A district police chief was shot dead in Antalya on Wednesday while trying to restrain an armed assailant shooting randomly at a gas station, but the tragedy could have been avoided if the police chief had exercised his right to fire a non-fatal shot at the assailant, security experts say.
A man named Celal Gökçe (50), who pulled up at a gas station in Antalya's Konyaaltı district at approximately 3 p.m. on Wednesday afternoon, asked the station's employees to fill his tank. According to witness accounts, Gökçe was displeased with what he claimed was the slow service, took out a handgun and started firing bullets into the air. When the gas station staff called the police, a squad from the Konyaaltı Police Department was dispatched to the scene, led by Konyaaltı Police Chief Uğur Gökcan. According to eyewitnesses, Gökcan attempted to convince the assailant to put down his gun and surrender, at which point the assailant attempted to take the police chief hostage. When a group of other police officers intervened, Gökçe's gun went off, fatally wounding Gökcan, who died in an ambulance taking him to the Akdeniz University Hospital.
“The suspect tried to take the police chief, who was trying to reason with him, hostage. Then the other police officers panicked, and there was a scuffle when they intervened, during which he and the police chief fell on the floor. I think the gun went off by itself as that was happening. I heard people screaming for an ambulance after that,” said Ayhan Yazlık, a witness at the scene.
Experts say the police have the right to shoot in cases where a person is posing a threat to the life of the officer or other individuals. If an ordinary person did the same thing, it would be considered self-defense. What should have been done was to render Gökçe ineffective by shooting but non-fatally wounding him after issuing a warning. In other words, the police chief should not have risked his life, according to Vahit Bıçak, a criminal law professor and an instructor at the Police Academy's department of security sciences.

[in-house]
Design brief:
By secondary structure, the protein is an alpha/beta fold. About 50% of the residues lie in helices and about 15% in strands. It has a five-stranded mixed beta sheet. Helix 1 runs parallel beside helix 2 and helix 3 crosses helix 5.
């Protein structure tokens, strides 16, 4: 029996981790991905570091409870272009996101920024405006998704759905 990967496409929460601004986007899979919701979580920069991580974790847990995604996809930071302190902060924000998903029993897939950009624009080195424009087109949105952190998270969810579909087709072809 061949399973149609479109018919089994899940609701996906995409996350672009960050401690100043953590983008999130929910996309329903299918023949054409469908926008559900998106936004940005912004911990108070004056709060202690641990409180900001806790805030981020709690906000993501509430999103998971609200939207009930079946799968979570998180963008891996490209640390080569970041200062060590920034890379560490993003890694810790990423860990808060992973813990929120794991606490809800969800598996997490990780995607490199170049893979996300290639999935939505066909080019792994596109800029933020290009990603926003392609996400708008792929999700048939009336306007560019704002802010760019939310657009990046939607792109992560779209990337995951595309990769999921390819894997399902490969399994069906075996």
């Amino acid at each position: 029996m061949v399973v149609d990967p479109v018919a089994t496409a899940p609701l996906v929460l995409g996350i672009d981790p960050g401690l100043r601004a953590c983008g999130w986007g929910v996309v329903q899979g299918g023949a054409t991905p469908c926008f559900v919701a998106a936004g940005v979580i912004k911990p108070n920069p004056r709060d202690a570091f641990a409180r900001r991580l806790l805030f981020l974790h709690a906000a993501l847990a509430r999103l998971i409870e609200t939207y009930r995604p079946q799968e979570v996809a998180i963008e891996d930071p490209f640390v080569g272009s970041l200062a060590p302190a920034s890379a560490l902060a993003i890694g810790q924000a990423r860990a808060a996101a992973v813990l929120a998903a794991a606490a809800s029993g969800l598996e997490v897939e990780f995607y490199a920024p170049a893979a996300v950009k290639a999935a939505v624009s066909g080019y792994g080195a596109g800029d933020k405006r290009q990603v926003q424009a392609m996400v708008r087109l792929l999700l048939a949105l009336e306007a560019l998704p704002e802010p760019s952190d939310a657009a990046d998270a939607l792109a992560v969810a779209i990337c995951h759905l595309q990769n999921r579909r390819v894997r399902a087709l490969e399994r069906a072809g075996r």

“In the incident that happened in Antalya, of course the police had the right to shoot,” he said.
Hasan Yücesan, a former Ankara police chief, said: “In capital offense cases, the assailant should be first warned to lay down his weapon and told to surrender. Because in this incident there could also be elements of a robbery, according to the authority vested in the police by the Police Duties Law, officers have the right to render an assailant ineffective. Of course, here the police do not shoot to kill, but such encounters can result in killing. Obviously, the Konyaaltı district police chief believed he would be able to convince the armed assailant. Gökcan didn't want him to get shot. But in the end he was killed. It is a tragedy. He should not have taken such a huge risk, no matter what.”
Head of the Retired Police Chiefs Association Barbaros Hayrettin Aydın said: “When the police was called, the police chief must have been close to the crime scene. Gökcan risked himself first and not his officers. He could have created more of an emotional pressure on the assailant by issuing the necessary warnings and persuading Gökçe to surrender after making sure everyone was alert and ready to act. Obviously, Gökcan was overly confident, and he thought he could convince him. But when he got near, there was a scuffle and this tragedy happened. I wish he hadn't been so self-confident, because it cost him his life.”
Prime Minister Recep Tayyip Erdoğan on Thursday phoned Gülhan Gökcan, the widow of Konyaalatı District Police chief Gökcan, and offered his condolences.
There was a memorial service at the Antalya Police Department's services building on Wednesday morning. The slain officer's 8-year-old son Gökalp Gökcan sang the Turkish national anthem with tears in his eyes during the ceremony. His 16-year-old daughter also attended the service.
Antalya Deputy Governor Fuat Ergün, Antalya Mayor Mustafa Akaydın, Antalya Garrison Commander Kemal Korkmaz and the officer's colleagues participated in the ceremony. President Abdullah Gül, Prime Minister Erdoğan and Interior Minister İdris Naim Şahin sent flowers.
The suspect, Gökçe, was taken to court on Thursday after being interrogated at the Antalya Police Department. He first said he didn't regret what had happened, saying, “No, he [Gökcan] wasn't listening to me,” but then said, “I do regret it because he was a police officer.”